Wednesday, July 9, 2008

Foreign central bank holdings of government debt still increasing

Brad Setser points to an interesting fact that foreign central banks keep buying US treasury and agency debt in record amounts. In the first half of 2008 central bank's holdings of Treasuries and Agencies have increased by a staggering $283.5 billion. This is even more surprising since the US dollar has depreciated significantly during this time period and before. Many have argued in the past and continue to do so that a depreciating dollar could lead to a shift away from the greenback and US government debt, but at least for now Federal Reserve Balances data clearly discount that possibility. Brad Setser in his blog concludes that this may not continue and high inflation in a host of countries compounded with unwanted capital inflows in the case of China may strain the system. The interesting question then will be what happens to interest rates (how high will they go?) and to the global balance of payment impairments that supported supply side economies for the last two decades? The good thing is that we don't have to worry about it just yet.

from Setser's blog:

Between June 4 and July 2, central banks added $45.2b to the custodial accounts at the New York Fed; between May 28 and July 2 (a five week period) central banks added $54.6b to their accounts. That wasn’t as much as April — but it was a lot more than May. It brought the total for Q2 up to $132.7 billion (nearly equally split between Treasuries and Agencies) — only a bit below the $150.8b increase in q1.

Not all central banks make use of the New York Fed, though someone big clearly is. The growth in the the Fed’s custodial holdings consequently is a minimum, not a maximum. Total official purchases of US debt are far higher than the increase in the custodial accounts at the Fed. Nonetheless, it is worth noting that the increase in the Fed’s custodial accounts so far this year, annualized, is well in excess of total recorded official purchases in 2007.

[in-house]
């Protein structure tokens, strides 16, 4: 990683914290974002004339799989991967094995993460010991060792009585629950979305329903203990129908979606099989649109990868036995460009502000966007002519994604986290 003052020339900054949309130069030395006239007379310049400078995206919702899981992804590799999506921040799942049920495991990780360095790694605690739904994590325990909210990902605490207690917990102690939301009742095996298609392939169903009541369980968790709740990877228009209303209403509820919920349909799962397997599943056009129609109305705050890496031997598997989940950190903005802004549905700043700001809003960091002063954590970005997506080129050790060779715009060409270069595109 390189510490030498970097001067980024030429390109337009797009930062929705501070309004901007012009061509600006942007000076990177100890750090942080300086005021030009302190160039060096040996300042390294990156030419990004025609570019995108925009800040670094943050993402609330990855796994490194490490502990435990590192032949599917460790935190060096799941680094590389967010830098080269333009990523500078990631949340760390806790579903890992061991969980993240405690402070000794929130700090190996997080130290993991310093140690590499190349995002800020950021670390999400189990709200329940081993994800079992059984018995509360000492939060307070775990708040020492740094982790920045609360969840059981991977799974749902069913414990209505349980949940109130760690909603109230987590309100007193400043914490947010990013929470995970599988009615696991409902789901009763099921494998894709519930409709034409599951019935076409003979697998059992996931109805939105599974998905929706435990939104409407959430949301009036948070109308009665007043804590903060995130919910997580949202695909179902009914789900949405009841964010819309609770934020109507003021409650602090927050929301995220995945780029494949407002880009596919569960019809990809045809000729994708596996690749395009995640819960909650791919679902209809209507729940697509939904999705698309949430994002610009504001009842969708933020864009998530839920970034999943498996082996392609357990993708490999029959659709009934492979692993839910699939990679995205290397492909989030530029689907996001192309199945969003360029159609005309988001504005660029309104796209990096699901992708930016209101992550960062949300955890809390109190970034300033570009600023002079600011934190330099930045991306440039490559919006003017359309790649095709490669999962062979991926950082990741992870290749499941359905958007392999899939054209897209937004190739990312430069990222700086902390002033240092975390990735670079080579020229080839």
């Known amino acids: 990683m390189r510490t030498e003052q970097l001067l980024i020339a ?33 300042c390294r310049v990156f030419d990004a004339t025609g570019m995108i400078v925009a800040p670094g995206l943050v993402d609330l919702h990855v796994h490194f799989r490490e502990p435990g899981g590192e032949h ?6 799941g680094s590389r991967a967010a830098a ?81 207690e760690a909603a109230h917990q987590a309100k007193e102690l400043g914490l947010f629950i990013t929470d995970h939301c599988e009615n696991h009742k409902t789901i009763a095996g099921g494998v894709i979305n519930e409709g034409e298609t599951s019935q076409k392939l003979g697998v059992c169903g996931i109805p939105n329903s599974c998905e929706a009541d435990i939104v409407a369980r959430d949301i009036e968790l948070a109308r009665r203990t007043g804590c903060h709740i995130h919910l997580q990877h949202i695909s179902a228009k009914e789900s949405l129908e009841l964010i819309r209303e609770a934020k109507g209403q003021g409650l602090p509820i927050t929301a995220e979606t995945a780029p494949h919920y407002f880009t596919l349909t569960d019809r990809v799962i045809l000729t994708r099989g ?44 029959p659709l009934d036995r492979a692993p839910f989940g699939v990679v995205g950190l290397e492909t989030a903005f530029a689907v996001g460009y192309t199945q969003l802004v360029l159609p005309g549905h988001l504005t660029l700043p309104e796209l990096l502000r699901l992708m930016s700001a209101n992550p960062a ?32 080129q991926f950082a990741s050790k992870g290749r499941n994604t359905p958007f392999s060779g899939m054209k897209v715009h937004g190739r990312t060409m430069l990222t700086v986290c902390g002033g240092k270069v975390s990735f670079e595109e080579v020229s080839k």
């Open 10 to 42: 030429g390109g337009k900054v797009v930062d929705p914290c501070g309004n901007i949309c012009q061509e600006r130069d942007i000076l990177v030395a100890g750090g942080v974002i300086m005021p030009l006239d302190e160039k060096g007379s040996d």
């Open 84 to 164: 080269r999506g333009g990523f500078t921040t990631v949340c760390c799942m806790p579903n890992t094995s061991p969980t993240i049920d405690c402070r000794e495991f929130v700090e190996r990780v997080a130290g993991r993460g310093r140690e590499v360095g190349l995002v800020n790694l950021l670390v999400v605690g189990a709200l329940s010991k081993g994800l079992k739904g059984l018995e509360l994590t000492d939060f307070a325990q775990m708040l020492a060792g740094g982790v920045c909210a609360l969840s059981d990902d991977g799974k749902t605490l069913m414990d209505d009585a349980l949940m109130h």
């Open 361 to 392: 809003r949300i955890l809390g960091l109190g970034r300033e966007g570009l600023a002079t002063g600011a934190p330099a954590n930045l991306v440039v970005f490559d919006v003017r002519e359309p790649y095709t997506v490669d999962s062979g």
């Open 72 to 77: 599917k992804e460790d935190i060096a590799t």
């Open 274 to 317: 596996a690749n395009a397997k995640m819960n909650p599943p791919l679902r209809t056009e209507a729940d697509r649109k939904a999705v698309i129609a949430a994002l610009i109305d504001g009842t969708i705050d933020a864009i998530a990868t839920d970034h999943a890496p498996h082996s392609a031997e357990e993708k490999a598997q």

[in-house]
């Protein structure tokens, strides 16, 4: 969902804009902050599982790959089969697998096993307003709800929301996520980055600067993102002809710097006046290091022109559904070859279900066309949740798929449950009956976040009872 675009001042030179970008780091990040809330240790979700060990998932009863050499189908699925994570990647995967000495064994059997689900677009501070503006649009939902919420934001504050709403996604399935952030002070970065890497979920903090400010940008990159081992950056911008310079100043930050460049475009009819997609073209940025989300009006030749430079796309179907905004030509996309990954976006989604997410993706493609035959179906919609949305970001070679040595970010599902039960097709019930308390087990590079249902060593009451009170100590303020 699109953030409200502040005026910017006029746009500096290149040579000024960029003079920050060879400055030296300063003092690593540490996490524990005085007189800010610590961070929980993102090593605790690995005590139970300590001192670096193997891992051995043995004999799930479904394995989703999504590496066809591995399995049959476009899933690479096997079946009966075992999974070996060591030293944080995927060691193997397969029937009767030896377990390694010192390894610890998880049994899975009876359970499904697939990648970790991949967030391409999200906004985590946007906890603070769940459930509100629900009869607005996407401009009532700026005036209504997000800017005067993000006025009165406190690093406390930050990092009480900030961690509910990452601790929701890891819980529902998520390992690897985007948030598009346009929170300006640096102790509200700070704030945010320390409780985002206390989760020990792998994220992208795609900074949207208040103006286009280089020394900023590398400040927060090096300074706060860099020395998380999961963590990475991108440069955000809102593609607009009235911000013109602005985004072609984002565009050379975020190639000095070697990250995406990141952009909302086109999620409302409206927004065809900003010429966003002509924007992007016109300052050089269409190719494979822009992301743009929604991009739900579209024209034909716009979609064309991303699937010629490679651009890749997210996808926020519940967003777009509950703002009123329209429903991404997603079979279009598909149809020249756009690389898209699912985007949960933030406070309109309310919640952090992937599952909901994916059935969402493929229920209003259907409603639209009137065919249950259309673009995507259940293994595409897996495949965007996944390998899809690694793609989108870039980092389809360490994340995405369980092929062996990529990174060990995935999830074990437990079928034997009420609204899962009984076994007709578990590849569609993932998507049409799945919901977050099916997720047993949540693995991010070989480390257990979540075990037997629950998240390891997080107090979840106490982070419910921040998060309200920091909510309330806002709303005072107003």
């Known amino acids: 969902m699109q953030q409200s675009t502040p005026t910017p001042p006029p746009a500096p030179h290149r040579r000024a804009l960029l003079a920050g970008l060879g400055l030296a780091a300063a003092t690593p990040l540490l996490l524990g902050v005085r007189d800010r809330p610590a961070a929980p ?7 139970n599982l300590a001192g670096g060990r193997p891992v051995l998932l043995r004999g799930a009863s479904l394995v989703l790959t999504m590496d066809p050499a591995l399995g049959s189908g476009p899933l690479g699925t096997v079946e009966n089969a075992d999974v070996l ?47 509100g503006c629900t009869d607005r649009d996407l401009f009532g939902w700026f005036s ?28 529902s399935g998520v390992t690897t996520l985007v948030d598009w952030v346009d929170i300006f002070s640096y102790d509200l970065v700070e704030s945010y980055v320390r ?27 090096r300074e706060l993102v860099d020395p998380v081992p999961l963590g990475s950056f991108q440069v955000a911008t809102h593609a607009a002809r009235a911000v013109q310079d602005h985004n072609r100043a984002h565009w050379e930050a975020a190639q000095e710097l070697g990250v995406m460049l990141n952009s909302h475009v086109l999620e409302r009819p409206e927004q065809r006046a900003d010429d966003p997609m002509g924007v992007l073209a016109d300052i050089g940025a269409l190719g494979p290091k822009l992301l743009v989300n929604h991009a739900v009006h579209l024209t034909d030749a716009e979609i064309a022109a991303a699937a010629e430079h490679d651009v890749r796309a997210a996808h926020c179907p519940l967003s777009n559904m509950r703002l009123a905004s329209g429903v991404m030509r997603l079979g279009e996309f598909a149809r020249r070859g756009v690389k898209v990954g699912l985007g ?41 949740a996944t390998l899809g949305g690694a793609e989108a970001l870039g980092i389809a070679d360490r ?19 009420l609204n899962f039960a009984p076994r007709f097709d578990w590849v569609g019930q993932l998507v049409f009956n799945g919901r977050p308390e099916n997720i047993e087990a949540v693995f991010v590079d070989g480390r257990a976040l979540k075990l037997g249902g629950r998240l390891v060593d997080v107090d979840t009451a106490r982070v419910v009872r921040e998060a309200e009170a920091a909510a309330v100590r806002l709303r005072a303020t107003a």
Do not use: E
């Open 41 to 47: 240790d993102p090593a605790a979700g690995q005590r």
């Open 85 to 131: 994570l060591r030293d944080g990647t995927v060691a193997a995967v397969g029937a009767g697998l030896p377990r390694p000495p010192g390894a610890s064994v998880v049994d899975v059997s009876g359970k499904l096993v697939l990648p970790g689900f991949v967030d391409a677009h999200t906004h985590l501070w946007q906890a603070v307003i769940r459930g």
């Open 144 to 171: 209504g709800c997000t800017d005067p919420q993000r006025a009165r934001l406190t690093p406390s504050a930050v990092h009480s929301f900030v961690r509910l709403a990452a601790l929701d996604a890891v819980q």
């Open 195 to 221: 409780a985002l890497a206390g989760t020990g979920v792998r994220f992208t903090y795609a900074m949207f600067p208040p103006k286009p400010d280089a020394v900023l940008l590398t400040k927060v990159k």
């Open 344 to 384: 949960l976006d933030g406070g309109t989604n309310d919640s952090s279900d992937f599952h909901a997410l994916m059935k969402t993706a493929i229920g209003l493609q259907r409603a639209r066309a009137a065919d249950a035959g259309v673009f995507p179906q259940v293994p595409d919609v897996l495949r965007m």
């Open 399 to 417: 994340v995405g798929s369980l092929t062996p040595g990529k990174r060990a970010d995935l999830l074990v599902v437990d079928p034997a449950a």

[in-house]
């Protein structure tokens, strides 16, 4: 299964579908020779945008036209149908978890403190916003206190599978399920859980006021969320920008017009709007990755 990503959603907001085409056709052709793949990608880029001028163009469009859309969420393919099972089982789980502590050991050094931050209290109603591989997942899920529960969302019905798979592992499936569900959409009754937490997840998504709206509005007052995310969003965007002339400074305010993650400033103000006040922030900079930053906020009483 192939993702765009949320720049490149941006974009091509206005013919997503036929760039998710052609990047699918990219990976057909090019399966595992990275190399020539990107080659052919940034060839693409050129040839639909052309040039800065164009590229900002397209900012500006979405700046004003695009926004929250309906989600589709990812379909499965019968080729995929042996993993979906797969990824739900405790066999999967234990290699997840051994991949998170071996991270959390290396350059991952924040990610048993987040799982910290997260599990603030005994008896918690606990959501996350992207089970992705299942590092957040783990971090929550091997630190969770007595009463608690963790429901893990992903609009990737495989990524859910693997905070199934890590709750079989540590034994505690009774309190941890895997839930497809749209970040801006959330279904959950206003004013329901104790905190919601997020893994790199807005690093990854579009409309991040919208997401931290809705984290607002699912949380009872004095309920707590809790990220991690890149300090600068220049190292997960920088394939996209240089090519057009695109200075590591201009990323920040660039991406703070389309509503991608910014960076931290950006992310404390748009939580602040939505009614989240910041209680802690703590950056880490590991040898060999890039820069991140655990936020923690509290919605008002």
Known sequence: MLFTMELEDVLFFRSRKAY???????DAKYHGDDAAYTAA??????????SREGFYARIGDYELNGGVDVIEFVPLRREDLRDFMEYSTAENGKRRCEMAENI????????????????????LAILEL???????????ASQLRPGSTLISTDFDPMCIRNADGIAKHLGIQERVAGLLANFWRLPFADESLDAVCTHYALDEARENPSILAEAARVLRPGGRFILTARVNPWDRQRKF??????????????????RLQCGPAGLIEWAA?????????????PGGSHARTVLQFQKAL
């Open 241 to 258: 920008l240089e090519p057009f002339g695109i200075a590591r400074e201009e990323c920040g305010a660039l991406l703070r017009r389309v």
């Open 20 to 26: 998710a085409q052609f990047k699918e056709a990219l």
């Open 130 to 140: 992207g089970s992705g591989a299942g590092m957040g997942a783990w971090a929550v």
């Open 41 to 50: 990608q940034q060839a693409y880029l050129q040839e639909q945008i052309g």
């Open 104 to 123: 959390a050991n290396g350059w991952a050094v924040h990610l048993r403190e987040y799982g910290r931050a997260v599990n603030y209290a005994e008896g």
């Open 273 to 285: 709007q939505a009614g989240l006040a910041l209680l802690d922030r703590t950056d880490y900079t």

I have continually been surprised by the willingness of the world’s central banks to buy dollars, or perhaps by the reluctance of the leadership of many key countries to shift away from managing their currencies against the dollar. But the strains on the current system — high inflation in a host of countries adding to their reserves rapidly, and unwanted capital inflows into China — have become rather visible.

click to enlarge

update: Wed. July 9th, 4:40 p.m.
Bloomberg reports today that The GSE's Fannie Mae and Freddie Mac have their top credit rating downgraded by credit derivative traders from Aaa (Moody's) to A2.
from Bloomberg:
Fannie Mae and Freddie Mac, ranked Aaa by the world's largest credit-rating companies, are being treated by derivatives traders as if they are rated five levels lower. Credit-default swaps tied to $1.45 trillion of debt sold by the two biggest U.S. mortgage finance companies are trading at levels that imply the bonds should be rated A2 by Moody's Investors Service....The price of contracts used to speculate on the creditworthiness of Fannie Mae and Freddie Mac and to protect against a default doubled in the past two months.

source: The quiet bailout continues …

Brad Setser's Blog: Follow the Money

Fannie, Freddie Downgraded by Derivatives Traders

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